October 14th is World Cavity-Free Future Day (WCFFDay), an annual event now in its fifth year, which is dedicated to raising awareness of the fact that anyone of any age can fall prey to dental decay but that conversely, it is also within everyone’s grasp to practice good oral health through regular brushing and flossing, regular dentist visits and healthy eating.
This year the focus is on how tooth decay can affect people across the full course of their life, with the theme of WCFFDay, Healthy Smiles Across Generations, and that while everyone is at risk, no matter their age, that the disease is almost entirely preventable.
Throughout the world, tooth decay and oral disease affects 3.9 billion people, with untreated tooth decay impacting almost half of the world’s population.
Australia’s Adult Oral Health Tracker emphasises the extent of tooth decay in Australia, with figures showing that untreated tooth decay affects just over 32% of adults, a 6.6% increase since 2004/06.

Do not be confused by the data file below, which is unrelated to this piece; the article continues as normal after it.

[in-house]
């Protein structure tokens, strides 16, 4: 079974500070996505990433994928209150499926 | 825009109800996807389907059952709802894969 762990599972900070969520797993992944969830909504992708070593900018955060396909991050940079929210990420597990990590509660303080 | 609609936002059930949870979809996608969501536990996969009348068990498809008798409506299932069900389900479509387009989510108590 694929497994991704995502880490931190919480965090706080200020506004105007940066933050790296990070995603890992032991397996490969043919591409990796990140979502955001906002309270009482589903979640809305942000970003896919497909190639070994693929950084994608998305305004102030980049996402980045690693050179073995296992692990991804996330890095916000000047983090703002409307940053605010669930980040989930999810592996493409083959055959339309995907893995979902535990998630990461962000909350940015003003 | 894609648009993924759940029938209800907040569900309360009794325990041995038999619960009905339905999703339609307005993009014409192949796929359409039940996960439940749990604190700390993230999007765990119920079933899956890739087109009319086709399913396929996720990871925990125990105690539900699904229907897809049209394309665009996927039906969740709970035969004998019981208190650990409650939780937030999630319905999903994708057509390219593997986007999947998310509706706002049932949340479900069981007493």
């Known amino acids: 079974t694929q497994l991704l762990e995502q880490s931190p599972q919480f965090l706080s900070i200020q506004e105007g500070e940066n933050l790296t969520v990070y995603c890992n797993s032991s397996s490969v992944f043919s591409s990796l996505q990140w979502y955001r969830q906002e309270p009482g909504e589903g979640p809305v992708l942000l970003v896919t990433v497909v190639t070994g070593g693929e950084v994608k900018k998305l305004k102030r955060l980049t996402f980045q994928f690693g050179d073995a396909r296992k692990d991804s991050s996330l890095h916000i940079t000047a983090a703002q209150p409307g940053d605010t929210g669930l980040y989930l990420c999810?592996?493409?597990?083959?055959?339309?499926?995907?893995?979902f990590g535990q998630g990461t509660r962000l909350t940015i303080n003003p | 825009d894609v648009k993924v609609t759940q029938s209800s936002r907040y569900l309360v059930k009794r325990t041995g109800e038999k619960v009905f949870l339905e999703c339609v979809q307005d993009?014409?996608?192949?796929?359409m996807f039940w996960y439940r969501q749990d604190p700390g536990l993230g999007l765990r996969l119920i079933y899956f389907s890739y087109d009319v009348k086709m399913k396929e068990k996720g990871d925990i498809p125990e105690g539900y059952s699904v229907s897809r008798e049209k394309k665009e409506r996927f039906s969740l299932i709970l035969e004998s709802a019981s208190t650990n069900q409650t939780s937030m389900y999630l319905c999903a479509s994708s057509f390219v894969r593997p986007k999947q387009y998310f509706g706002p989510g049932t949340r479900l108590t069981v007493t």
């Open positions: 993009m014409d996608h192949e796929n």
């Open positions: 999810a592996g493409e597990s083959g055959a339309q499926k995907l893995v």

Children are doing as poorly with the latest figures from the 2018 Children and Young People Oral Health Tracker showing that 34.3% of children aged 5-6 years have experienced decay in their primary teeth while among children aged six to fourteen years, 23.5% have experienced tooth decay in their permanent teeth with 10.9% of this age group having untreated tooth decay (27.1% among children aged five to ten years of age).
WCFFDay aims to help combat these levels of tooth decay by raising awareness of the extent of the problem with a further focus “on the wider issues that stem from poor dental health and raises global awareness about best practices for the prevention and management of caries and cavities.”
Professor Kaye Robert-Thomson, ACFF ANZ Chair of the Australian and New Zealand Chapter of the Alliance for a Cavity-Free Future which oversees WCFFDay is optimistic about tackling the trenchant issue of tooth decay.
“Tooth decay is largely entirely preventable. We need to continue to have conversations about prevention across all age-groups and raise awareness of the simple ways we can easily reduce our risk of tooth decay. This includes, brushing your teeth twice a day with a fluoridated toothpaste, eating a balanced diet and limiting sugary foods and drinks and having regular dental check-ups.”